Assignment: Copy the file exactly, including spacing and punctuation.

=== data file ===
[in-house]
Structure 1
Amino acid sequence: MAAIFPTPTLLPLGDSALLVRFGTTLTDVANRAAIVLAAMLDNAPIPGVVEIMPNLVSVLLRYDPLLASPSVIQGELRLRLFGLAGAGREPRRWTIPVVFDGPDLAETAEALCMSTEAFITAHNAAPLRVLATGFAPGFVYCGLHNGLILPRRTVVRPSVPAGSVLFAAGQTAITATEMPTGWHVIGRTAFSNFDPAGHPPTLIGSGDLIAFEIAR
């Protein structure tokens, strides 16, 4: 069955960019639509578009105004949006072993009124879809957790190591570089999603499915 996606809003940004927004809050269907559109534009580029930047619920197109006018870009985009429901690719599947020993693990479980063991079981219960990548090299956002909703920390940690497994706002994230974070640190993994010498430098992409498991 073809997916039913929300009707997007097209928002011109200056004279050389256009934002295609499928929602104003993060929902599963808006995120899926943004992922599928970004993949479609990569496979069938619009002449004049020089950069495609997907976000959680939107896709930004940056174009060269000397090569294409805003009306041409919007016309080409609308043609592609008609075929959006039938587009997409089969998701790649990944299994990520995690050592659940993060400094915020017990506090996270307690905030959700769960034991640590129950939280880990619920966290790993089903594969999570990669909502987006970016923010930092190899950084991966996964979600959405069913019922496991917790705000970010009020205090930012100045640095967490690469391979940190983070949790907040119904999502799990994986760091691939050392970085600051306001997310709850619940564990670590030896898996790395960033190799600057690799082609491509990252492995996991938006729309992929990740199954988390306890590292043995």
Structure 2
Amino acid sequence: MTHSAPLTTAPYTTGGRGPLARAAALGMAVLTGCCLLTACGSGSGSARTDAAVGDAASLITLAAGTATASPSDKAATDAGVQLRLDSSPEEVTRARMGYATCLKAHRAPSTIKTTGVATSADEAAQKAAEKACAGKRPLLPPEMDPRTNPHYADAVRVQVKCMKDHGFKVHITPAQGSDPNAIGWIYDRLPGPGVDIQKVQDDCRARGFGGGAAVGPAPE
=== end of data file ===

[in-house]
Structure 1
Amino acid sequence: MAAIFPTPTLLPLGDSALLVRFGTTLTDVANRAAIVLAAMLDNAPIPGVVEIMPNLVSVLLRYDPLLASPSVIQGELRLRLFGLAGAGREPRRWTIPVVFDGPDLAETAEALCMSTEAFITAHNAAPLRVLATGFAPGFVYCGLHNGLILPRRTVVRPSVPAGSVLFAAGQTAITATEMPTGWHVIGRTAFSNFDPAGHPPTLIGSGDLIAFEIAR
């Protein structure tokens, strides 16, 4: 069955960019639509578009105004949006072993009124879809957790190591570089999603499915 996606809003940004927004809050269907559109534009580029930047619920197109006018870009985009429901690719599947020993693990479980063991079981219960990548090299956002909703920390940690497994706002994230974070640190993994010498430098992409498991 073809997916039913929300009707997007097209928002011109200056004279050389256009934002295609499928929602104003993060929902599963808006995120899926943004992922599928970004993949479609990569496979069938619009002449004049020089950069495609997907976000959680939107896709930004940056174009060269000397090569294409805003009306041409919007016309080409609308043609592609008609075929959006039938587009997409089969998701790649990944299994990520995690050592659940993060400094915020017990506090996270307690905030959700769960034991640590129950939280880990619920966290790993089903594969999570990669909502987006970016923010930092190899950084991966996964979600959405069913019922496991917790705000970010009020205090930012100045640095967490690469391979940190983070949790907040119904999502799990994986760091691939050392970085600051306001997310709850619940564990670590030896898996790395960033190799600057690799082609491509990252492995996991938006729309992929990740199954988390306890590292043995």
Structure 2
Amino acid sequence: MTHSAPLTTAPYTTGGRGPLARAAALGMAVLTGCCLLTACGSGSGSARTDAAVGDAASLITLAAGTATASPSDKAATDAGVQLRLDSSPEEVTRARMGYATCLKAHRAPSTIKTTGVATSADEAAQKAAEKACAGKRPLLPPEMDPRTNPHYADAVRVQVKCMKDHGFKVHITPAQGSDPNAIGWIYDRLPGPGVDIQKVQDDCRARGFGGGAAVGPAPE